"Only you call me that, these days," von Stalhein said unexpectedly. "I am Comrade Stalhein now." His tone was very neutral, as if he had learned to fear who might be listening. Then he added, "I could hold you hostage for my own freedom. Have you forgotten that I am armed and you are not?"
"It would be an empty threat," Biggles said with a short laugh, remembering a wire fence in Liberia. "If you could kill me in cold blood, you would have by now. And if you did, do you really think my friends would permit you to escape? You would find yourself captured without a doubt."
"Captured? No. Lacey would not let me leave alive, if I shot you."
Biggles snorted. "Perhaps not." It was not a scenario he spent much time contemplating. After all, should it occur, it would no longer be his responsibility to handle. But he suspected von Stalhein was right.
"You'll forgive me for not giving you my surrender just yet," said von Stalhein at last. "You've rubbed my face in my defeat quite sufficiently already."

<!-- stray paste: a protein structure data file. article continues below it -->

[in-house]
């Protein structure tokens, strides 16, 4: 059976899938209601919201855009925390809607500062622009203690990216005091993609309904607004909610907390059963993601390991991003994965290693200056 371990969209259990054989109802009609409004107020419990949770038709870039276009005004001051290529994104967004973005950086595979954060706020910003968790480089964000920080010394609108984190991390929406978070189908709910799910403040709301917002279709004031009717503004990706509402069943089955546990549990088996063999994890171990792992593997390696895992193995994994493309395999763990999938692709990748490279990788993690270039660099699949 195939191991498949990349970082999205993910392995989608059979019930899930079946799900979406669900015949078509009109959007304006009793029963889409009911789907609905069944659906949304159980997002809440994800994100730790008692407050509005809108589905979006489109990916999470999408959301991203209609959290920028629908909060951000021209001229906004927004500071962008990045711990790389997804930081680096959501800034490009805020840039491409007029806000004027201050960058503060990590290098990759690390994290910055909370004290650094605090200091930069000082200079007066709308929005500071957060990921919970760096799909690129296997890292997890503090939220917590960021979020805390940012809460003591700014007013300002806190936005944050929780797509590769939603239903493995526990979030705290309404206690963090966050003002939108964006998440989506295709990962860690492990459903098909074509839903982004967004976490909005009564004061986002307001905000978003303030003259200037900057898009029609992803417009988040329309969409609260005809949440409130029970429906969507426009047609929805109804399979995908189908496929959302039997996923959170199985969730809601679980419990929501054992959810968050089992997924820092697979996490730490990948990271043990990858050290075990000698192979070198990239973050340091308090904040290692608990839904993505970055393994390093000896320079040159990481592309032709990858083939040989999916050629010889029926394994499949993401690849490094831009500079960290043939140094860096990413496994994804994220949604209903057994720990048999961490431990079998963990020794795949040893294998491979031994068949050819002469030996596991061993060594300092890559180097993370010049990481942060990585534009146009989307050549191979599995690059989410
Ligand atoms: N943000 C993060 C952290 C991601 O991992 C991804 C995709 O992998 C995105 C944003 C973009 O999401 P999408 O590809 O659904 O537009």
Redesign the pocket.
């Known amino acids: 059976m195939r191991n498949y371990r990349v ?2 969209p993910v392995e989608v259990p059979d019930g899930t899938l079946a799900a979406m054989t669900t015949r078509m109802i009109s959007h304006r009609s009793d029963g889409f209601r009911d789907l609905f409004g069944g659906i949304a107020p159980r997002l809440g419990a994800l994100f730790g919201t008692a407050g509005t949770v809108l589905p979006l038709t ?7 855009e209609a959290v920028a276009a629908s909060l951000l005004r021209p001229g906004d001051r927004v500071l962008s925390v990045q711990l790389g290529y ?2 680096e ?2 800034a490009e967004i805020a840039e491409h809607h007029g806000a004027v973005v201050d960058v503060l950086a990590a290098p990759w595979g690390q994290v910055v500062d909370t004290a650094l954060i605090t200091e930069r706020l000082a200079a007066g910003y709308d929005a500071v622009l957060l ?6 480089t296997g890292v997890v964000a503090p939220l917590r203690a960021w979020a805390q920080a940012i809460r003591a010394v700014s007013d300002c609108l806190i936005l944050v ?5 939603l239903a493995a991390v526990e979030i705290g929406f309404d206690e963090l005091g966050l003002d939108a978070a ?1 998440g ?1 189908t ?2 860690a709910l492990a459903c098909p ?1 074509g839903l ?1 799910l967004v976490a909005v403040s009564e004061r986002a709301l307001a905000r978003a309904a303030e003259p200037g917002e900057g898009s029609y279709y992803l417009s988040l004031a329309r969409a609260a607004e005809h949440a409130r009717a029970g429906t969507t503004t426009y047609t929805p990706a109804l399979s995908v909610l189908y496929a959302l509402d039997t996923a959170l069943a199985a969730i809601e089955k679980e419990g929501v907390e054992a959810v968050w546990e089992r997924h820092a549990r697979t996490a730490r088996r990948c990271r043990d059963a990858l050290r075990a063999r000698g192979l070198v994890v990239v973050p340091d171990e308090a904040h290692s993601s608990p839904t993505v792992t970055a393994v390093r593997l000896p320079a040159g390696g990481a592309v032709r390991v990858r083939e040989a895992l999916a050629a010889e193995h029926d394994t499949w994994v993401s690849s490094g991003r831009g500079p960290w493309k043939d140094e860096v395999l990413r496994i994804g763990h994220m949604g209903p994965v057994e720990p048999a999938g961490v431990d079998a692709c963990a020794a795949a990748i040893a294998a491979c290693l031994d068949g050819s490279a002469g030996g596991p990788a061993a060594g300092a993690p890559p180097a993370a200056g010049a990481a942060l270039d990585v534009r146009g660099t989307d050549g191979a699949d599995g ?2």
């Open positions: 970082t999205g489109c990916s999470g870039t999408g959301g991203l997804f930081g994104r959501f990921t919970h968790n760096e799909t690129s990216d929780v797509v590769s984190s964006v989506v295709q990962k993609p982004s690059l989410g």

"Don't complain, it doesn't suit you. You no longer have to fight me. You choose to do so anyway, using dirty rusted weapons. You shouldn't be surprised if they break in your hand."
In answer von Stalhein began to heave at the rocks again, this time at an even faster tempo, so that Biggles was soon panting to keep up with him, all the more glad he had never been tempted to join the infantry. Von Stalhein heaved at a particularly large rock and there was an ominous rumble ahead.
"Careful!" Biggles called. "Go higher up, that one's no good."
"I can see what I'm doing!" von Stalhein snapped back at him, and heaved again. The rumble grew louder, and several large pebbles came bouncing down across von Stalhein's back. There was a grating sound like giants scraping iron-shod boots above their heads.
"Get back, it's coming down!" Biggles shouted. Instead von Stalhein twisted forwards, arms braced as if to try to catch the falling rocks. Biggles lunged upwards, seizing von Stalhein bodily, then threw himself backwards. They fell together in a tangle of limbs and stones, landing in a tumbled heap inside the chamber again, gasping.
"Are you hurt? What on earth possessed you to do that?" Biggles snapped. A few last rocks came bumping down after them and he put up his arm to fend them off. "Are you trying to get yourself killed?"